Young people in care being ‘criminalised’ as police receive unnecessarily high number of calls to children’s homes
Children in care are at risk of being criminalised as police forces are called out to children’s homes at an unnecessarily high rate, a report has found.
Research by the Howard League for Penal Reform shows officers are receiving a high number of call-outs from some children’s homes to deal with minor issues that should not be brought to their attention — exposing youngsters to unnecessary interaction with the police.
This contradicts the widely held belief that the best scenario for young people living in children’s homes is not to have any contact with the police at all — a strategy intended to prevent vulnerable children being criminalised.
The current situation
The number of children in care reached a record high this year, with 90 young people entering the care system each day amid ongoing cuts to children’s centres and local family support services.
Children’s homes provide placements for boys and girls aged between 10 and 17 and include full residential care, educational facilities and healthcare provision, with a high level of intensive help offered to each young person.
According to the Department for Education (DfE), about 15 per cent of children in the care system will have spent some time in a residential setting. The number of children living in homes, hostels or secure accommodation at any one time is 6,360 – about 9 per cent of the total number looked after.
The Howard League found the high number of police call-outs were often due to serious shortcomings in care homes, with officers telling the charity of case where they kept children at the station rather than sending them back to homes they considered unsafe and uncaring.
Its report outlines a number of examples where forces have been called out to minor incidents, such as a child squirting a member of staff with water and another child pullilng down a curtain. One officer said that he felt that on occasion homes called the police to help them “tuck up” teenagers who refused to go to bed.
What the charity says
The charity said there was a “difficult balancing act” between breaking down barriers to improve relations between police and children and exposing youngsters to unnecessary interaction with the police which might contribute to a process of criminalisation.
Frances Crook, Chief Executive of the Howard League, said that while there has been a considerable reduction in child arrests across England and Wales in recent years, there is still “much work to do” to prevent children from being criminalised.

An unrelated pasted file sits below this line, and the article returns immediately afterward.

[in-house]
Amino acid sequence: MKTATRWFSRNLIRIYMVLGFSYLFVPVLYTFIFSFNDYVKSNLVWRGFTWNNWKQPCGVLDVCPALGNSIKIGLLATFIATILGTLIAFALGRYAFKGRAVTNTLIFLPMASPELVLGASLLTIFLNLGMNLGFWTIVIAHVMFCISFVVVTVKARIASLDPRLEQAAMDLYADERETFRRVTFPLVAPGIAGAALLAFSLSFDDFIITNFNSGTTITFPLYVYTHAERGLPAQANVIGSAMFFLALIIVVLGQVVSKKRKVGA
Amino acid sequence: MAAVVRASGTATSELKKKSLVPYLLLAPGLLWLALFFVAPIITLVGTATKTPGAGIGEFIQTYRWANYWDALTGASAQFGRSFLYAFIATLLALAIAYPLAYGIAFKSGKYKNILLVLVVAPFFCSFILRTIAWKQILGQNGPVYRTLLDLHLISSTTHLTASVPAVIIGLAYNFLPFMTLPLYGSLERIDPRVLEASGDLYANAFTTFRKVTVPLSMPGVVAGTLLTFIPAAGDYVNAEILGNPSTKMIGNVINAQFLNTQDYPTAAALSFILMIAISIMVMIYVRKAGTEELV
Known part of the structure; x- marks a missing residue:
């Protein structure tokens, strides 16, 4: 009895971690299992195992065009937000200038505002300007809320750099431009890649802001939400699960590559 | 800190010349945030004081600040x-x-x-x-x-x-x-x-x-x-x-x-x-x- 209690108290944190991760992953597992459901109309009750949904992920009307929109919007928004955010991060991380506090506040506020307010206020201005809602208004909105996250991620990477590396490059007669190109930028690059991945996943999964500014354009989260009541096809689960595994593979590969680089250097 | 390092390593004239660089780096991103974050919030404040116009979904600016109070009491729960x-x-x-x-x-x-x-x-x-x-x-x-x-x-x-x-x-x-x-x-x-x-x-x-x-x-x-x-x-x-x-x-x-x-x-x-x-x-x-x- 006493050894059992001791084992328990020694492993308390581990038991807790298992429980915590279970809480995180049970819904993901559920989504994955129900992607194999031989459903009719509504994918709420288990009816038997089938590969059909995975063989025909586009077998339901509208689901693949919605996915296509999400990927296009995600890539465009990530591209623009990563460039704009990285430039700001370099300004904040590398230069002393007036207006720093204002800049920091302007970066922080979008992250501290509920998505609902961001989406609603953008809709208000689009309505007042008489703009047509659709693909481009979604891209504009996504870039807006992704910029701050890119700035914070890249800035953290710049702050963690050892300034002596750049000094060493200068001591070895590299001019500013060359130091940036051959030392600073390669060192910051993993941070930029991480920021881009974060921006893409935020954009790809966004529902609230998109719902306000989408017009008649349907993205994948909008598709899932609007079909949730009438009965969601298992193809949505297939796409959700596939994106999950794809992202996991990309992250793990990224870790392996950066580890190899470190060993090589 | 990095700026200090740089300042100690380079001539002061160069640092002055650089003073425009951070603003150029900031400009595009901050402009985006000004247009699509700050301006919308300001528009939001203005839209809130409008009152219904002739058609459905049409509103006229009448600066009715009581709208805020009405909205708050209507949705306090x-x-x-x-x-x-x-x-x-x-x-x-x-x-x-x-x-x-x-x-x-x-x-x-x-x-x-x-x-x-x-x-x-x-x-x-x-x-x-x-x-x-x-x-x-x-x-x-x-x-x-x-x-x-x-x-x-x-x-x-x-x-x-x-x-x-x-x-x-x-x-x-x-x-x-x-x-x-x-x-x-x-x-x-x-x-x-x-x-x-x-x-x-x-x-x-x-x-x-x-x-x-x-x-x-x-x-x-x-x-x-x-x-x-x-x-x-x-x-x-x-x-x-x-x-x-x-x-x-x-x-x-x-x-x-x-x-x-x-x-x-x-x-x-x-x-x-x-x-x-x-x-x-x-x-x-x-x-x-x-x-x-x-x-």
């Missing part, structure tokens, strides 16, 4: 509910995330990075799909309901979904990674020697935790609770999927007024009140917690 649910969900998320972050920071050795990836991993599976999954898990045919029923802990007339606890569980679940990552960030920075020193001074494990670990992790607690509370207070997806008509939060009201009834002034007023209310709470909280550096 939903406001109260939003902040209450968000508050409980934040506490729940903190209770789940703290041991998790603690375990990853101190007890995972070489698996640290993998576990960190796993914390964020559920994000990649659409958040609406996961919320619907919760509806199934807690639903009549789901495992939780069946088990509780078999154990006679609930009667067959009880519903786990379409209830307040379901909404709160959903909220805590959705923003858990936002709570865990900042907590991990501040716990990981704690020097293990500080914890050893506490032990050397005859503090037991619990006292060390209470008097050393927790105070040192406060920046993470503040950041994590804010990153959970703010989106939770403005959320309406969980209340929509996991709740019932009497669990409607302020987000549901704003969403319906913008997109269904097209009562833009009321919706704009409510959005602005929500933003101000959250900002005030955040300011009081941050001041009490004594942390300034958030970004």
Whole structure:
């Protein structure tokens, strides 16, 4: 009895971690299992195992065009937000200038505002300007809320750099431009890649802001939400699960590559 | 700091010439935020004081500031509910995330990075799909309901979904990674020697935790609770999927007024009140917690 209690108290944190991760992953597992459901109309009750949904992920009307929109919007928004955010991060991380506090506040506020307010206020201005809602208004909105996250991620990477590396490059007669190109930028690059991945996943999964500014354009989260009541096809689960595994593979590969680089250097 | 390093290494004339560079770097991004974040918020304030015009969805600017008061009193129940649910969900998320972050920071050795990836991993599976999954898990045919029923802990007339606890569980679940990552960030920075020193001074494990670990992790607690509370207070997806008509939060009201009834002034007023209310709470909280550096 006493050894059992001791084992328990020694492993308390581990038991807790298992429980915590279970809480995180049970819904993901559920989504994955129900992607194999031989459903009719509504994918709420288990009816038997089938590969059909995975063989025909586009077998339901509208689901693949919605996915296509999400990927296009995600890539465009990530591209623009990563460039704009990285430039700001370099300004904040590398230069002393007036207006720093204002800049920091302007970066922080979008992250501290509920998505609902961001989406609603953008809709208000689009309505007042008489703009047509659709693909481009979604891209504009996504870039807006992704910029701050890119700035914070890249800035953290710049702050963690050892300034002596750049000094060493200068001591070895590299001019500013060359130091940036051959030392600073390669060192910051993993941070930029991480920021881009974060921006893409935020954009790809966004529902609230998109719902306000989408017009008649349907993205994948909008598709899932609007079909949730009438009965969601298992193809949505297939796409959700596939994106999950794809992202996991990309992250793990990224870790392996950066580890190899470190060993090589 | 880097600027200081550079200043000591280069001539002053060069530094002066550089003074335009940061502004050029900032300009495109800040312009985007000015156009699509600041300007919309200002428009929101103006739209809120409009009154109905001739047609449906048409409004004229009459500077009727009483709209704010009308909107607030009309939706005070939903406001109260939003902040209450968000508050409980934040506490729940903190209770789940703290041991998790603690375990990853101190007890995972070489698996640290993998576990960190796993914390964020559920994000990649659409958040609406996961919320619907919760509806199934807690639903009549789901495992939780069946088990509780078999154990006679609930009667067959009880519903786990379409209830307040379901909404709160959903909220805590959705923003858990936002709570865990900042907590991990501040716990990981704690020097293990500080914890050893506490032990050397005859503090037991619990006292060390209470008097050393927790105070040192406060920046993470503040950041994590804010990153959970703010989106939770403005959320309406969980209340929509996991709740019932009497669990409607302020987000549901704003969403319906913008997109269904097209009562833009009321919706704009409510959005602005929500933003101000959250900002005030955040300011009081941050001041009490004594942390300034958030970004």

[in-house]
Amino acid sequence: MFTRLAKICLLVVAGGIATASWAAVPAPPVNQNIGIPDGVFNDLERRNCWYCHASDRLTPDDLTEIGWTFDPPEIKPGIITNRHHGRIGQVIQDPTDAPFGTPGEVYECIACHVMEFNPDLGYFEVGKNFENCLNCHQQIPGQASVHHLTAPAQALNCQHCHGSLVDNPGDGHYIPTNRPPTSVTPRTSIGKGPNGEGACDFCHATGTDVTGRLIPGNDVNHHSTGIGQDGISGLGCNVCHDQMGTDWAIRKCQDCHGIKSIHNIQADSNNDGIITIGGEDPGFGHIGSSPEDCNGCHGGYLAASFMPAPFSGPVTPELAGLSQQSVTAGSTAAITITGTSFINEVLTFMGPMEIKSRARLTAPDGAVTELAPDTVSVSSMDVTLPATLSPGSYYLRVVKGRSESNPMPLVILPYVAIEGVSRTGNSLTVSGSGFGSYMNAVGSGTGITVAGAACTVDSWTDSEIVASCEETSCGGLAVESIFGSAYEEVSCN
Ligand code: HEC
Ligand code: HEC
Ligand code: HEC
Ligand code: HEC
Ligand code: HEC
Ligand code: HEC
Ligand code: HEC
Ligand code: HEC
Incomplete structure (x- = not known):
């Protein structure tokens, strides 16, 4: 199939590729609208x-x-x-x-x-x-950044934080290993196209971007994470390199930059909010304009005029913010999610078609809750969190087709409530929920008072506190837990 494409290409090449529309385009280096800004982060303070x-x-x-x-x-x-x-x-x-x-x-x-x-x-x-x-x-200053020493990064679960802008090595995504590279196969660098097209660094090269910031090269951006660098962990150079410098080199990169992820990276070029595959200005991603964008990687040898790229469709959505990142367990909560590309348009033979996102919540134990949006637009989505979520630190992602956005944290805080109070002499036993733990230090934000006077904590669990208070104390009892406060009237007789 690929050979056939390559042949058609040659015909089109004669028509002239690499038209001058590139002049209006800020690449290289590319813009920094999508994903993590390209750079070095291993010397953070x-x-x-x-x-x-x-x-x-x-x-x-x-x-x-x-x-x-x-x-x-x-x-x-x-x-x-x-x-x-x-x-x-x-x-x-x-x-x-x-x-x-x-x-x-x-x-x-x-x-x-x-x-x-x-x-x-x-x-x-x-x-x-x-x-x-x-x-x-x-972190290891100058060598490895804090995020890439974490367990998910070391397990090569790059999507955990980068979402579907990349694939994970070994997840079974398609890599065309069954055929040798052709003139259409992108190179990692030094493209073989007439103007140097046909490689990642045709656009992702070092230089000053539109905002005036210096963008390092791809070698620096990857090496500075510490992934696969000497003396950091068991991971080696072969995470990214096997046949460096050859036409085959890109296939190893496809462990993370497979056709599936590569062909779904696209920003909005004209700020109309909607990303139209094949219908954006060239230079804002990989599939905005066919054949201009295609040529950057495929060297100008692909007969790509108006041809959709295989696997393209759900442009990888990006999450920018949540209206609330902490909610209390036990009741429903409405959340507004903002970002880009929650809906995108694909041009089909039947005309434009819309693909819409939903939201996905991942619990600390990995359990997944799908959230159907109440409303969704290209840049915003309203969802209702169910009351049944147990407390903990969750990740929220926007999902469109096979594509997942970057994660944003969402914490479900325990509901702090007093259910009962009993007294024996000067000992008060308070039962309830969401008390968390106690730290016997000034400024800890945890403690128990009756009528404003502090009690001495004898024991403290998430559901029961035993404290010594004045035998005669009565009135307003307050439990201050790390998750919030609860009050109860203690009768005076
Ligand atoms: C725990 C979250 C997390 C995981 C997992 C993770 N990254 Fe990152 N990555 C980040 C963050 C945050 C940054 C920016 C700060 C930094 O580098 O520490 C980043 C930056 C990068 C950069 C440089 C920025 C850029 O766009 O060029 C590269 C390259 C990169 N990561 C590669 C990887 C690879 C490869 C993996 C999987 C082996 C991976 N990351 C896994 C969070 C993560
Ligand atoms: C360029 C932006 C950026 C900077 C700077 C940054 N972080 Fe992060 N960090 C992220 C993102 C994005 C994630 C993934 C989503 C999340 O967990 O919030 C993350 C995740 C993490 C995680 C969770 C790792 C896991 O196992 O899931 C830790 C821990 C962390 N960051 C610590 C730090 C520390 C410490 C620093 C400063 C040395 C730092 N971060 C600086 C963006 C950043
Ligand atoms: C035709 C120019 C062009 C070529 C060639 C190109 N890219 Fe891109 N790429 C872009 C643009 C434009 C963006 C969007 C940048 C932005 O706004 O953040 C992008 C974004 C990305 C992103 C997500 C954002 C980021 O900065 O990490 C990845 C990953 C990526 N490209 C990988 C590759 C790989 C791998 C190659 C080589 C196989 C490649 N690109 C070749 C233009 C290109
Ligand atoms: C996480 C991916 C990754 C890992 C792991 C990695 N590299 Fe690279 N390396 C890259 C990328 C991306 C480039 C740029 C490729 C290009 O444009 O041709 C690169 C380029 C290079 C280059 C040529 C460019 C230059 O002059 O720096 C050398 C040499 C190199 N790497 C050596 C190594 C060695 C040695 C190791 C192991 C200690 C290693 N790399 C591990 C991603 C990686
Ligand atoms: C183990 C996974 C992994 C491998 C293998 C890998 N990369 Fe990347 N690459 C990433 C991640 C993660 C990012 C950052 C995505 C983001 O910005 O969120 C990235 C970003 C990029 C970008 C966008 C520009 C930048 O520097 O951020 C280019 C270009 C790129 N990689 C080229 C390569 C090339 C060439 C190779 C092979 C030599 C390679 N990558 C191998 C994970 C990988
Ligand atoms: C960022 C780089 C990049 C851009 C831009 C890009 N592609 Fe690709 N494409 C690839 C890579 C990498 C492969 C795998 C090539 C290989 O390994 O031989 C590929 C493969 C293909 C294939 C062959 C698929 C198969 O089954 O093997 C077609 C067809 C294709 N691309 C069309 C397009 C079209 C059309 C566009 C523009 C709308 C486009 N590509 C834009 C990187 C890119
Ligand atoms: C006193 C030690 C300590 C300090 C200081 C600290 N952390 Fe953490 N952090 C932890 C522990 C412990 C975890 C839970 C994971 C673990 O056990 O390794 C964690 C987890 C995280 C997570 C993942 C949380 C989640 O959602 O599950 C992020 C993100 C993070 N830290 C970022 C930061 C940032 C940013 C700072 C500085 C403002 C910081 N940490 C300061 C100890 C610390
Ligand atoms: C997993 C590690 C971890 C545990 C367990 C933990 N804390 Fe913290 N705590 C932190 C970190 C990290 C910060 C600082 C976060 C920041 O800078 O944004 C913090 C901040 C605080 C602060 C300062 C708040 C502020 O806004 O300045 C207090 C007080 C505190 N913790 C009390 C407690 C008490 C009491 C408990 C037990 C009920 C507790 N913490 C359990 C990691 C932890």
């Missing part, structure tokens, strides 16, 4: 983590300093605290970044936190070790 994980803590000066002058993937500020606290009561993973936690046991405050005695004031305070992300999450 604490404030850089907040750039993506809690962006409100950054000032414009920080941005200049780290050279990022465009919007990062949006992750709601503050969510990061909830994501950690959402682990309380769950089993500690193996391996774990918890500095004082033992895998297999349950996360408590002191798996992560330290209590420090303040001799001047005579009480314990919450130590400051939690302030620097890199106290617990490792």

“Our research has found that children in residential care are being criminalised unnecessarily. Police, local authorities and children’s homes must work together to rise to this challenge,” she said.
“The best scenario for a child living in a children’s home is not to have any contact with the police at all, just like any child living at a parental home.
“Ensuring that there is the least possible contact between police and children living in residential care would free up police time to deal with more important matters and prevent children having their life chances blighted by an unnecessary criminal record.”
The National Police Chiefs’ Council (NPCC) Views
The National Police Chiefs’ Council (NPCC) said the high number of police callouts to children’s homes had been a concern “for some years” among police forces across the UK.
Lead for children and young People at the NPCC, Olivia Pinkney, continued: “The police are always there in cases of emergencies, but too often we are called for incidents which are not appropriate for the police to be involved with.
“All forces are looking at how they can work more closely with residential care homes and improving procedures to ensure that the police are not involved unnecessarily.”
Children and Families Minister Robert Goodwill said: “We know many children’s homes work with the local police force and the local authority to reduce unnecessary call-outs, whilst ensuring the safety and wellbeing of the young people in their care.
“The guidance is clear that no child living in a children’s home should be criminalised for behaviour that would not concern the police if it happened in a family home.”